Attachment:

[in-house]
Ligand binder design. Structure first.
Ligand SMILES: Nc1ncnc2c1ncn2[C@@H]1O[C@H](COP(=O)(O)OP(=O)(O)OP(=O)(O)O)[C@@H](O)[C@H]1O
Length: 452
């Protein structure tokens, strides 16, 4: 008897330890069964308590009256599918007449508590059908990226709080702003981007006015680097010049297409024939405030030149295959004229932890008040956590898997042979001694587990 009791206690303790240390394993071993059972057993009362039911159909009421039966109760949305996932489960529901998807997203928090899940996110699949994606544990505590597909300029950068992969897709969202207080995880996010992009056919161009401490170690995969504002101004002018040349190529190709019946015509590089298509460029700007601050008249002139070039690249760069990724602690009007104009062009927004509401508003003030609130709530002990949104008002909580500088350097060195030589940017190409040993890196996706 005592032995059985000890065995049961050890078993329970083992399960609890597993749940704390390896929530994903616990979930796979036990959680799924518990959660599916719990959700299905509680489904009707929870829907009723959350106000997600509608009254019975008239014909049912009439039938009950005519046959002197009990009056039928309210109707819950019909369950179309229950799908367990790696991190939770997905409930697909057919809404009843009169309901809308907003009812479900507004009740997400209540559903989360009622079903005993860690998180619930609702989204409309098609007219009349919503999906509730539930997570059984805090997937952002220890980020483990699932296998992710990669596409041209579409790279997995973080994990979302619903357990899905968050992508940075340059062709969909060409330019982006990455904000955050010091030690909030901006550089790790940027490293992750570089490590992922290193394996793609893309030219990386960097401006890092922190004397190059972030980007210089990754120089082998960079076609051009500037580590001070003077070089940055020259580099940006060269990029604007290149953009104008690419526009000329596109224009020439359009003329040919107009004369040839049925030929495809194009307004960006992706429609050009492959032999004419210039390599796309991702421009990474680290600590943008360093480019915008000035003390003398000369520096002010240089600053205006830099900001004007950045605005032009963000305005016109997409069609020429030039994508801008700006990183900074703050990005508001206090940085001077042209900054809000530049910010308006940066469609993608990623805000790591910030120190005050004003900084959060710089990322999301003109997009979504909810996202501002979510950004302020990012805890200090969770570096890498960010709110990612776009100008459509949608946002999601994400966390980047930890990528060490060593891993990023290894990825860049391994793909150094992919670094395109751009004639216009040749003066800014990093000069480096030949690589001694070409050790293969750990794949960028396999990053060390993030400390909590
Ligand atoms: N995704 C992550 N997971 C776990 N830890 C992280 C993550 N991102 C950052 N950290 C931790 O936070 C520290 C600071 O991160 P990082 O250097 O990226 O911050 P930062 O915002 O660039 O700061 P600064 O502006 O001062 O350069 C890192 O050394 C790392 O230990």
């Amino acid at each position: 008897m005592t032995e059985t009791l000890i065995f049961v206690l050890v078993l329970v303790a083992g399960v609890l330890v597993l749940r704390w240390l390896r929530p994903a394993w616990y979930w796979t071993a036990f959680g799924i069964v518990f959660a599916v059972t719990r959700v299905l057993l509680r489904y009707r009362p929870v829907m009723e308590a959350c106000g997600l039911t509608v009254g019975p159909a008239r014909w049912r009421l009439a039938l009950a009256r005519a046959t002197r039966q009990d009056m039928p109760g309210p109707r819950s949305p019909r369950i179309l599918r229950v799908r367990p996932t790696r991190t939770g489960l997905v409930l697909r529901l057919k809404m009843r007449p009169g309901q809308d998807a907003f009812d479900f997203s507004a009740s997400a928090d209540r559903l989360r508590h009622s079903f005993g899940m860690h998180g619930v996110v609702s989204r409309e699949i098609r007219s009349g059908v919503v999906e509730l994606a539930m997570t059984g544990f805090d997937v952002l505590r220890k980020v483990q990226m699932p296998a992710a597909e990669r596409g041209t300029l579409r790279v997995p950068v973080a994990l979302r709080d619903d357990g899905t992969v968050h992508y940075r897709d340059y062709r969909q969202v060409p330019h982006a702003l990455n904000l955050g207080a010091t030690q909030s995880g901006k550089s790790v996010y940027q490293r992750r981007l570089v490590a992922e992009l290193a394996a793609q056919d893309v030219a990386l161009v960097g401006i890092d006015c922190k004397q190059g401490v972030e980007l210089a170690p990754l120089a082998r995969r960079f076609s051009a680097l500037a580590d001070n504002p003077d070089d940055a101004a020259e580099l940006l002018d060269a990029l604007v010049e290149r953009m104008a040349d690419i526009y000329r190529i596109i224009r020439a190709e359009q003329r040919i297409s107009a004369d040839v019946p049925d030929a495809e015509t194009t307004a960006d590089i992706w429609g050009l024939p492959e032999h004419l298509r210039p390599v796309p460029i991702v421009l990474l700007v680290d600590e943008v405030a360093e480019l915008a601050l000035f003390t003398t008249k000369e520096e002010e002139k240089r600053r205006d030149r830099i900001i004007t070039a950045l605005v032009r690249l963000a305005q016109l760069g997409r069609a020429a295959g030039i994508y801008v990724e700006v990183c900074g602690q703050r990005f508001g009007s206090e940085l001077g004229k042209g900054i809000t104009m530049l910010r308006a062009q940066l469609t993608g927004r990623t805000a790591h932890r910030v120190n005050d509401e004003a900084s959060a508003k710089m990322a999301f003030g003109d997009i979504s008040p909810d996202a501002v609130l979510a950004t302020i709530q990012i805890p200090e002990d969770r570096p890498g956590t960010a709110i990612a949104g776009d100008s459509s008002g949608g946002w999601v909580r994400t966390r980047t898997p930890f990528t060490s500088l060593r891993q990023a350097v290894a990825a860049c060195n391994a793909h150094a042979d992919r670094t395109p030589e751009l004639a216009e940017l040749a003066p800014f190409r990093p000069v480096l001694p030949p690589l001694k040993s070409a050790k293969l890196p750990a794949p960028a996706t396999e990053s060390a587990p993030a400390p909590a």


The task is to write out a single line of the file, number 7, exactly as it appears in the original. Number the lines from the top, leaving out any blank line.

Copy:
């Amino acid at each position: 008897m005592t032995e059985t009791l000890i065995f049961v206690l050890v078993l329970v303790a083992g399960v609890l330890v597993l749940r704390w240390l390896r929530p994903a394993w616990y979930w796979t071993a036990f959680g799924i069964v518990f959660a599916v059972t719990r959700v299905l057993l509680r489904y009707r009362p929870v829907m009723e308590a959350c106000g997600l039911t509608v009254g019975p159909a008239r014909w049912r009421l009439a039938l009950a009256r005519a046959t002197r039966q009990d009056m039928p109760g309210p109707r819950s949305p019909r369950i179309l599918r229950v799908r367990p996932t790696r991190t939770g489960l997905v409930l697909r529901l057919k809404m009843r007449p009169g309901q809308d998807a907003f009812d479900f997203s507004a009740s997400a928090d209540r559903l989360r508590h009622s079903f005993g899940m860690h998180g619930v996110v609702s989204r409309e699949i098609r007219s009349g059908v919503v999906e509730l994606a539930m997570t059984g544990f805090d997937v952002l505590r220890k980020v483990q990226m699932p296998a992710a597909e990669r596409g041209t300029l579409r790279v997995p950068v973080a994990l979302r709080d619903d357990g899905t992969v968050h992508y940075r897709d340059y062709r969909q969202v060409p330019h982006a702003l990455n904000l955050g207080a010091t030690q909030s995880g901006k550089s790790v996010y940027q490293r992750r981007l570089v490590a992922e992009l290193a394996a793609q056919d893309v030219a990386l161009v960097g401006i890092d006015c922190k004397q190059g401490v972030e980007l210089a170690p990754l120089a082998r995969r960079f076609s051009a680097l500037a580590d001070n504002p003077d070089d940055a101004a020259e580099l940006l002018d060269a990029l604007v010049e290149r953009m104008a040349d690419i526009y000329r190529i596109i224009r020439a190709e359009q003329r040919i297409s107009a004369d040839v019946p049925d030929a495809e015509t194009t307004a960006d590089i992706w429609g050009l024939p492959e032999h004419l298509r210039p390599v796309p460029i991702v421009l990474l700007v680290d600590e943008v405030a360093e480019l915008a601050l000035f003390t003398t008249k000369e520096e002010e002139k240089r600053r205006d030149r830099i900001i004007t070039a950045l605005v032009r690249l963000a305005q016109l760069g997409r069609a020429a295959g030039i994508y801008v990724e700006v990183c900074g602690q703050r990005f508001g009007s206090e940085l001077g004229k042209g900054i809000t104009m530049l910010r308006a062009q940066l469609t993608g927004r990623t805000a790591h932890r910030v120190n005050d509401e004003a900084s959060a508003k710089m990322a999301f003030g003109d997009i979504s008040p909810d996202a501002v609130l979510a950004t302020i709530q990012i805890p200090e002990d969770r570096p890498g956590t960010a709110i990612a949104g776009d100008s459509s008002g949608g946002w999601v909580r994400t966390r980047t898997p930890f990528t060490s500088l060593r891993q990023a350097v290894a990825a860049c060195n391994a793909h150094a042979d992919r670094t395109p030589e751009l004639a216009e940017l040749a003066p800014f190409r990093p000069v480096l001694p030949p690589l001694k040993s070409a050790k293969l890196p750990a794949p960028a996706t396999e990053s060390a587990p993030a400390p909590a």